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Tag: boot

Writing bootable disk images (.iso, .img, etc.) to a USB stick from Windows

Because Windows doesn’t have dd, and I want to write the latest Mint LTS release to a USB task, I had to face the unpleasant task of finding a Windows tool to perform what’s a basic Unix operation. The good news is that I found one, and it’s open source: Win32 Disk Imager. It even has a version ≥ 1, titled: “Holy cow, we made a 1.0 Release”.

A screenshot of Win32 Disk Imager at work, writing Linux Mint 18.3 MATE 64bit to my SanDisk USB stick.

Win32 Disk Imager at work, writing Linux Mint 18.3 MATE 64bit to my SanDisk USB stick.

I found another open source tool, UNetbootin, but that tool didn’t recognize my non-MS-format formatted USB stick (which already tauted the installer for a previous Mint release).

In the end, Win32 Disk Imager also choked on the funky partition table left by the previous boot image, so I had to find out how reset the USB disk’s partition table in Windows:

C:\WINDOWS\system32>diskpart

Microsoft DiskPart version 10.0.16299.15

Copyright (C) Microsoft Corporation.
On computer: YTHINK

DISKPART> list disk

  Disk ###  Status         Size     Free     Dyn  Gpt
  --------  -------------  -------  -------  ---  ---
  Disk 0    Online          238 GB      0 B        *
  Disk 1    Online           29 GB    28 GB

DISKPART> select disk 1

Disk 1 is now the selected disk.

DISKPART> list partition

  Partition ###  Type              Size     Offset
  -------------  ----------------  -------  -------
  Partition 1    Primary           1706 MB  1024 KB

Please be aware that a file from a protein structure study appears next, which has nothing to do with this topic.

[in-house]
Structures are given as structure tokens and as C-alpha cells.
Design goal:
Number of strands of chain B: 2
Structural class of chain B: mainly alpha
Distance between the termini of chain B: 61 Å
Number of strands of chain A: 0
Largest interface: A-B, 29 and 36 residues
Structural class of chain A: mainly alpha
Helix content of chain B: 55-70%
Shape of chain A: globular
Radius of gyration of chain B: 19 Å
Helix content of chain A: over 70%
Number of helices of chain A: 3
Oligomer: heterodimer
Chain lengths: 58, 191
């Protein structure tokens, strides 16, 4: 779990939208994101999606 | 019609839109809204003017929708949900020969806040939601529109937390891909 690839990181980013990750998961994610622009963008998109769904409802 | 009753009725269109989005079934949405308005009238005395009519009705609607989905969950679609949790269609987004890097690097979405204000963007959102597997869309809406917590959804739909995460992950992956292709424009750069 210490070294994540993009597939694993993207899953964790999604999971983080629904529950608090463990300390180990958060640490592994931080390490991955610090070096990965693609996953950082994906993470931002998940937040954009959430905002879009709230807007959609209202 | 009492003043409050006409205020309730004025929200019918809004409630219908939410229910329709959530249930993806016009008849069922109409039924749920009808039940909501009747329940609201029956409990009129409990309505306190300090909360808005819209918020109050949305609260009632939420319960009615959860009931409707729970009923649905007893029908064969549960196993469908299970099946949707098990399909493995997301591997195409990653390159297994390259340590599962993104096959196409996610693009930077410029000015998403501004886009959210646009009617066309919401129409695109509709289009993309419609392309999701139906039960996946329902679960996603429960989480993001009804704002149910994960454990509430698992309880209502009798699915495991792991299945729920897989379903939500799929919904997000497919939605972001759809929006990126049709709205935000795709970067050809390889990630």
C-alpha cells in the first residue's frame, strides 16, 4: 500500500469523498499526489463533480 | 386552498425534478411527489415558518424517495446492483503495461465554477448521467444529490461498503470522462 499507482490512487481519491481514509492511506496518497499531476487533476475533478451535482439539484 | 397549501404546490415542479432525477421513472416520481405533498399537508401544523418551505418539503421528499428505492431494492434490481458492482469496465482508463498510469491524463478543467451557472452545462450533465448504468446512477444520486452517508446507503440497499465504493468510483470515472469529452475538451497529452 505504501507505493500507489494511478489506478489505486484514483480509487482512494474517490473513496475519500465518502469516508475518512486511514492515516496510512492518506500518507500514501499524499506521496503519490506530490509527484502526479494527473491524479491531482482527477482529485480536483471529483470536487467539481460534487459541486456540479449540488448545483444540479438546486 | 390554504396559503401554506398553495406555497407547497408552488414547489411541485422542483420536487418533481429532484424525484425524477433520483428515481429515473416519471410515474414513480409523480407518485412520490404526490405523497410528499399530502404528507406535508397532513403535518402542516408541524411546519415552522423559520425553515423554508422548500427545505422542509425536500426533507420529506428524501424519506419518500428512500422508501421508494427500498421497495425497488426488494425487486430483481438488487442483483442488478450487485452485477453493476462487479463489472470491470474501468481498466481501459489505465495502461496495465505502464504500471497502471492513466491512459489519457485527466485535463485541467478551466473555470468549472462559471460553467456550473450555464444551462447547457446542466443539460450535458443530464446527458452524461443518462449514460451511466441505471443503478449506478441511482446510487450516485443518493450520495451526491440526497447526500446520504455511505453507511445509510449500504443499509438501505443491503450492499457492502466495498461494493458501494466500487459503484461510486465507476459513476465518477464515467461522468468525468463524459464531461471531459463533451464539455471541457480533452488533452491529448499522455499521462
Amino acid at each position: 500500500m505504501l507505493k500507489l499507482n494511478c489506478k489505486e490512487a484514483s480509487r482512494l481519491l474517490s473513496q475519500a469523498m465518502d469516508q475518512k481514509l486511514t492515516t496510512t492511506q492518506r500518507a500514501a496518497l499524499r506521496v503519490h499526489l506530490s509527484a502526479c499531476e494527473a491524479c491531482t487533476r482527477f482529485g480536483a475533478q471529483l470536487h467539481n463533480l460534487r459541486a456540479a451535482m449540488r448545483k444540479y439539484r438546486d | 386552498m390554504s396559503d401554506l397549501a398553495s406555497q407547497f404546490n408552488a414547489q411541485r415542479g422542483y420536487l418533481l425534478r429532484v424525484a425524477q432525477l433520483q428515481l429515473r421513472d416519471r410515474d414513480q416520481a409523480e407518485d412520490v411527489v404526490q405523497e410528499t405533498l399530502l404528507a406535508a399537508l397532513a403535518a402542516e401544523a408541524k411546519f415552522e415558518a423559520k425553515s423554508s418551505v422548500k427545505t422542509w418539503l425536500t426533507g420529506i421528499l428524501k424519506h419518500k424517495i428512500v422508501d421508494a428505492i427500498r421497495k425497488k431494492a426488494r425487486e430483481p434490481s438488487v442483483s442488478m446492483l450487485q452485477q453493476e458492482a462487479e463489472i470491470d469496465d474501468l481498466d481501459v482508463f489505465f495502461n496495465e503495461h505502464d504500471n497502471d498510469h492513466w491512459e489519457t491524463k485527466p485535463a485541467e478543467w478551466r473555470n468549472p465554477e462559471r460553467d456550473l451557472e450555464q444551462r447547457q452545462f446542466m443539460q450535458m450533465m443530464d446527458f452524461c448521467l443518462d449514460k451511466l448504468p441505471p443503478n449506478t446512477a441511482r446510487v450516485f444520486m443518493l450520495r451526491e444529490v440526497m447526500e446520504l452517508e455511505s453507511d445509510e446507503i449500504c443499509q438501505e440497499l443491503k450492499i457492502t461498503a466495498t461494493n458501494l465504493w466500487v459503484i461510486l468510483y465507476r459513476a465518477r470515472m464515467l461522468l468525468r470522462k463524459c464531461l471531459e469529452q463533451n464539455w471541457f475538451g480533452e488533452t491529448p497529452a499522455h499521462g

Partition 2    Primary           2368 KB  1707 MB

DISKPART> select partition 2

Partition 2 is now the selected partition.

DISKPART> delete partition

DiskPart successfully deleted the selected partition.

DISKPART> select partition 0

The specified partition is not valid.
Please select a valid partition.

There is no partition selected.

DISKPART> select partition 1

Partition 1 is now the selected partition.

DISKPART> delete partition

DiskPart successfully deleted the selected partition.

DISKPART> create partition primary

DiskPart succeeded in creating the specified partition.

DISKPART> exit

Leaving DiskPart...

C:\WINDOWS\system32>

Making a Compaq Deskpro sff boot without keyboard

To boot a compaq Deskpro sff without keyboard, you need to configure the BIOS in a special way.

I found this:

– Run BIOS setup by pressing F10
– Goto ‘Security’ and ‘Set Power On Password’
– Type in a password and F10 to accept the change
– As soon as password is set, ‘Password Options’ will appear under ‘Security’ tab
– Enable ‘Network Server’ mode in there
– F10 to save changes and exit

When booting up it won’t ask you for F1 anymore. However, if you or
someone else plugs in a keyboard it will ask for a power-on password.

Quickly removing and adding bootscripts in Debian

Debian still uses the System V init scripts, which are very clumsy to use. Here are two Debian commands you might need often:

update-rc.d -f service remove

That will remove all the links in the runlevels to the script in init.d.

update-rc.d service defaults

That will make default start and stop links in all the runlevels.

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